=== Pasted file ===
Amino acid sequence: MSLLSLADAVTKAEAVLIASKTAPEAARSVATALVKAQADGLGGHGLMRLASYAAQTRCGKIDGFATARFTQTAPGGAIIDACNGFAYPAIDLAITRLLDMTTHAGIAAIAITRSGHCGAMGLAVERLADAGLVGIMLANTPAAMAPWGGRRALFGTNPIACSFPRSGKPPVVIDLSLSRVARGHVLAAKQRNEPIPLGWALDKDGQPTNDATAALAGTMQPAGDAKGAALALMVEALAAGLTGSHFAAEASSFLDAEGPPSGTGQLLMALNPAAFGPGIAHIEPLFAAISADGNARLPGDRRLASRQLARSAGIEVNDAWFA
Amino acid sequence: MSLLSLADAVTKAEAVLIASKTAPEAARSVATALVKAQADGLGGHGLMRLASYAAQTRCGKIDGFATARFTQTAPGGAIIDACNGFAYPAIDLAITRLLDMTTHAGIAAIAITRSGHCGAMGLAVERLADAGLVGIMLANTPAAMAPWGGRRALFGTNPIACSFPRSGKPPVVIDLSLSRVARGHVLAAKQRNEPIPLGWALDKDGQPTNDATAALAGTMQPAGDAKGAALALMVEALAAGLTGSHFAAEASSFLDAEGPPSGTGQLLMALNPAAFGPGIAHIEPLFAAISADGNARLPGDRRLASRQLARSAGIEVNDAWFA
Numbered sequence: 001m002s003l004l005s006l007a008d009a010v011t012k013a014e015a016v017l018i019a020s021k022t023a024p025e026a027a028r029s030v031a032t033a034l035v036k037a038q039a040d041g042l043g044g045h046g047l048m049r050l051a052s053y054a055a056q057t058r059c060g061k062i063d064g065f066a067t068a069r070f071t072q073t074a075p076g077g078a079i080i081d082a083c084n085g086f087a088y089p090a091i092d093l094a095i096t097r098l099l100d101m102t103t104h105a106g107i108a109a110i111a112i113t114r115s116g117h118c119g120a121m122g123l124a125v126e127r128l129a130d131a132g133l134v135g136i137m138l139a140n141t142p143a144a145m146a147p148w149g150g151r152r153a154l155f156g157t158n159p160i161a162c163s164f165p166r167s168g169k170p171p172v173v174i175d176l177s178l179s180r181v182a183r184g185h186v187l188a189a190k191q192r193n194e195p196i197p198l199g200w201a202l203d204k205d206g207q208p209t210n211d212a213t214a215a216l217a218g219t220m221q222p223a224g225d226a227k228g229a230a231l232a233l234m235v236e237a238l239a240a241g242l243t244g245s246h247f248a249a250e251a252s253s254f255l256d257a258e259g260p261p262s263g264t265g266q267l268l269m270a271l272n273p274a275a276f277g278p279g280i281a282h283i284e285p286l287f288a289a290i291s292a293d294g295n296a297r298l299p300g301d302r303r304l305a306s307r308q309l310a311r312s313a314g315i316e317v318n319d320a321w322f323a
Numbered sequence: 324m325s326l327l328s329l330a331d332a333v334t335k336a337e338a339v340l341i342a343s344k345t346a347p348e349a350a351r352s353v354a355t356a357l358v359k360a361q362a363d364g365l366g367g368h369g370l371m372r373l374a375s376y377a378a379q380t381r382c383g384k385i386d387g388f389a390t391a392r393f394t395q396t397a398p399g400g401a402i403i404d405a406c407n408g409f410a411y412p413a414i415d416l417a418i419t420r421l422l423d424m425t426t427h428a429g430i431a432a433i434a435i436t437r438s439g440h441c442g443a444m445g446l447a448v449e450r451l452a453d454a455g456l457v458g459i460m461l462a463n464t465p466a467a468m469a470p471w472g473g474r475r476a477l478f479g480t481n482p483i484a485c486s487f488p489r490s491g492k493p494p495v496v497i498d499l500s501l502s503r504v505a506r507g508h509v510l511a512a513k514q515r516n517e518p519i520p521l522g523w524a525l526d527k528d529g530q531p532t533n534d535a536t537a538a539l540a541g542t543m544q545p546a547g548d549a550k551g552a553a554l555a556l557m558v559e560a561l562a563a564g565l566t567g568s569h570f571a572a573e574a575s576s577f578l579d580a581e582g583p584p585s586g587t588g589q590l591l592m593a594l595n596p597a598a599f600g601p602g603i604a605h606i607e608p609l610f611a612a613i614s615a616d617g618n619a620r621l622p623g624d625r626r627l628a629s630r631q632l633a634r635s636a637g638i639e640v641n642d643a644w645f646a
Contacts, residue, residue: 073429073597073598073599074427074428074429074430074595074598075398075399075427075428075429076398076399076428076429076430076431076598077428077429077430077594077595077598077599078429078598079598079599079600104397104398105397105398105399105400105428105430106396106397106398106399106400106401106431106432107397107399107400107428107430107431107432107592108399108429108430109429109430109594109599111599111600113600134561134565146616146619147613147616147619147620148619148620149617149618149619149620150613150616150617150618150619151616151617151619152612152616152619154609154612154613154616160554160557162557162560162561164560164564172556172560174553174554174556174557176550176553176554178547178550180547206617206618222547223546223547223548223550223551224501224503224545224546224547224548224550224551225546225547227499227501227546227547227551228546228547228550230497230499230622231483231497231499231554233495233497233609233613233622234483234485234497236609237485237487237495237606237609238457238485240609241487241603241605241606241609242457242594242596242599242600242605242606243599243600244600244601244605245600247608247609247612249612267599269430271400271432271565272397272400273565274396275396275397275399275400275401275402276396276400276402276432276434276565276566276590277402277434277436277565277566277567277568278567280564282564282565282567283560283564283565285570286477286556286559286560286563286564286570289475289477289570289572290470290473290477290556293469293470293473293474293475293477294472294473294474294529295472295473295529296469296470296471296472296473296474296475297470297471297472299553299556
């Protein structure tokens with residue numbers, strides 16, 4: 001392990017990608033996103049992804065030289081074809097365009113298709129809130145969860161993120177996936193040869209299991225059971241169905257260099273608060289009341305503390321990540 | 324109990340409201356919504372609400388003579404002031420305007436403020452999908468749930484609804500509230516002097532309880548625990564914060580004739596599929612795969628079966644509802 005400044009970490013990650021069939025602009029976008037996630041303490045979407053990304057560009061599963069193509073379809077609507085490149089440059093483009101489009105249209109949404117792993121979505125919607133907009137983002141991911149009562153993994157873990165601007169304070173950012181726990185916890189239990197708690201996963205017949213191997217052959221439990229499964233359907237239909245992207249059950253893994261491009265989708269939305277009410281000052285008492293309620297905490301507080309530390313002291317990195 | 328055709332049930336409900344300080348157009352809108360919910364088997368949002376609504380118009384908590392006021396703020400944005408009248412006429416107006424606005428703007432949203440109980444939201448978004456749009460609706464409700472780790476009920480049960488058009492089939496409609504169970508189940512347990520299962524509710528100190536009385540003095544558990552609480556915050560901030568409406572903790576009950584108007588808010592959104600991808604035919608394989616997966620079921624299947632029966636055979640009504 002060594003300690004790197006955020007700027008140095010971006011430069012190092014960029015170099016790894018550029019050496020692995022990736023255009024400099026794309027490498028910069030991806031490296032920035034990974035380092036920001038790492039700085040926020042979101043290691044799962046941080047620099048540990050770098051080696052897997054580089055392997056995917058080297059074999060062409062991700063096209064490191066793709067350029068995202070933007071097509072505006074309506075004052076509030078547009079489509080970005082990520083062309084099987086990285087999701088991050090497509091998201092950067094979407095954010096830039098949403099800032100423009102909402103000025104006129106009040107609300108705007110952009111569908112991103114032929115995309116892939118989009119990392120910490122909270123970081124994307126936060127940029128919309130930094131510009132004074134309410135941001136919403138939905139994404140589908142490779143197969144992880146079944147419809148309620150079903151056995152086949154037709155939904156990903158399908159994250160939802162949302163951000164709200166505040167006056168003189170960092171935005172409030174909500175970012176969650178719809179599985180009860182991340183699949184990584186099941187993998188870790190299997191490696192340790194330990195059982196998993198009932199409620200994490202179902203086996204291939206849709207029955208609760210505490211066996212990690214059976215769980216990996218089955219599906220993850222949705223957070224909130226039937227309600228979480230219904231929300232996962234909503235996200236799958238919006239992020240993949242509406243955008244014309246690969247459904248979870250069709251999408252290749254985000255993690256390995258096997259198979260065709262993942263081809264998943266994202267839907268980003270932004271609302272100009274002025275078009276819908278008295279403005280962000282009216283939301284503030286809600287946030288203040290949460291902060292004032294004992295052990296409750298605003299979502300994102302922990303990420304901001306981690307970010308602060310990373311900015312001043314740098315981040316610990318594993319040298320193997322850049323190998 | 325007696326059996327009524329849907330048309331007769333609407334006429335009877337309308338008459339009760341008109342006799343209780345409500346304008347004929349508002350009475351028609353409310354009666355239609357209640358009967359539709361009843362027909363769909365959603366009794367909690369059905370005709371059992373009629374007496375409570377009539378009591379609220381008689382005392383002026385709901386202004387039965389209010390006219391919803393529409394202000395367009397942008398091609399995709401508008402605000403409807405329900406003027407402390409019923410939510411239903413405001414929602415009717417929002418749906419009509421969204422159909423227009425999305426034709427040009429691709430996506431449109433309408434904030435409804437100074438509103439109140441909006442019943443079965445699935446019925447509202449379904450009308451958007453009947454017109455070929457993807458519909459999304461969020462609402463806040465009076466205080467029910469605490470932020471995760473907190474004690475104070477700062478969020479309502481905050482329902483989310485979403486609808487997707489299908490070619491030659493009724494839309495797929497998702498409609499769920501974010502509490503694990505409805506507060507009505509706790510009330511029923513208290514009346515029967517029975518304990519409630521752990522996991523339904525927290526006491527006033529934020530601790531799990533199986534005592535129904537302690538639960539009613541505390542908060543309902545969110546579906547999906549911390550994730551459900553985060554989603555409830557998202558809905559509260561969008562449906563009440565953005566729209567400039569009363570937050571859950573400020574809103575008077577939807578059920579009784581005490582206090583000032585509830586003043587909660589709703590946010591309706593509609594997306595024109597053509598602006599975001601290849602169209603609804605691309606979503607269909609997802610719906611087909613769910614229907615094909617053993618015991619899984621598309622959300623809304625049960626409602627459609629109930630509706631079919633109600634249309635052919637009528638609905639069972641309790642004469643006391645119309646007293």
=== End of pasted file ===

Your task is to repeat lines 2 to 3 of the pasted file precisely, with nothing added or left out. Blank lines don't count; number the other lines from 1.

Amino acid sequence: MSLLSLADAVTKAEAVLIASKTAPEAARSVATALVKAQADGLGGHGLMRLASYAAQTRCGKIDGFATARFTQTAPGGAIIDACNGFAYPAIDLAITRLLDMTTHAGIAAIAITRSGHCGAMGLAVERLADAGLVGIMLANTPAAMAPWGGRRALFGTNPIACSFPRSGKPPVVIDLSLSRVARGHVLAAKQRNEPIPLGWALDKDGQPTNDATAALAGTMQPAGDAKGAALALMVEALAAGLTGSHFAAEASSFLDAEGPPSGTGQLLMALNPAAFGPGIAHIEPLFAAISADGNARLPGDRRLASRQLARSAGIEVNDAWFA
Numbered sequence: 001m002s003l004l005s006l007a008d009a010v011t012k013a014e015a016v017l018i019a020s021k022t023a024p025e026a027a028r029s030v031a032t033a034l035v036k037a038q039a040d041g042l043g044g045h046g047l048m049r050l051a052s053y054a055a056q057t058r059c060g061k062i063d064g065f066a067t068a069r070f071t072q073t074a075p076g077g078a079i080i081d082a083c084n085g086f087a088y089p090a091i092d093l094a095i096t097r098l099l100d101m102t103t104h105a106g107i108a109a110i111a112i113t114r115s116g117h118c119g120a121m122g123l124a125v126e127r128l129a130d131a132g133l134v135g136i137m138l139a140n141t142p143a144a145m146a147p148w149g150g151r152r153a154l155f156g157t158n159p160i161a162c163s164f165p166r167s168g169k170p171p172v173v174i175d176l177s178l179s180r181v182a183r184g185h186v187l188a189a190k191q192r193n194e195p196i197p198l199g200w201a202l203d204k205d206g207q208p209t210n211d212a213t214a215a216l217a218g219t220m221q222p223a224g225d226a227k228g229a230a231l232a233l234m235v236e237a238l239a240a241g242l243t244g245s246h247f248a249a250e251a252s253s254f255l256d257a258e259g260p261p262s263g264t265g266q267l268l269m270a271l272n273p274a275a276f277g278p279g280i281a282h283i284e285p286l287f288a289a290i291s292a293d294g295n296a297r298l299p300g301d302r303r304l305a306s307r308q309l310a311r312s313a314g315i316e317v318n319d320a321w322f323a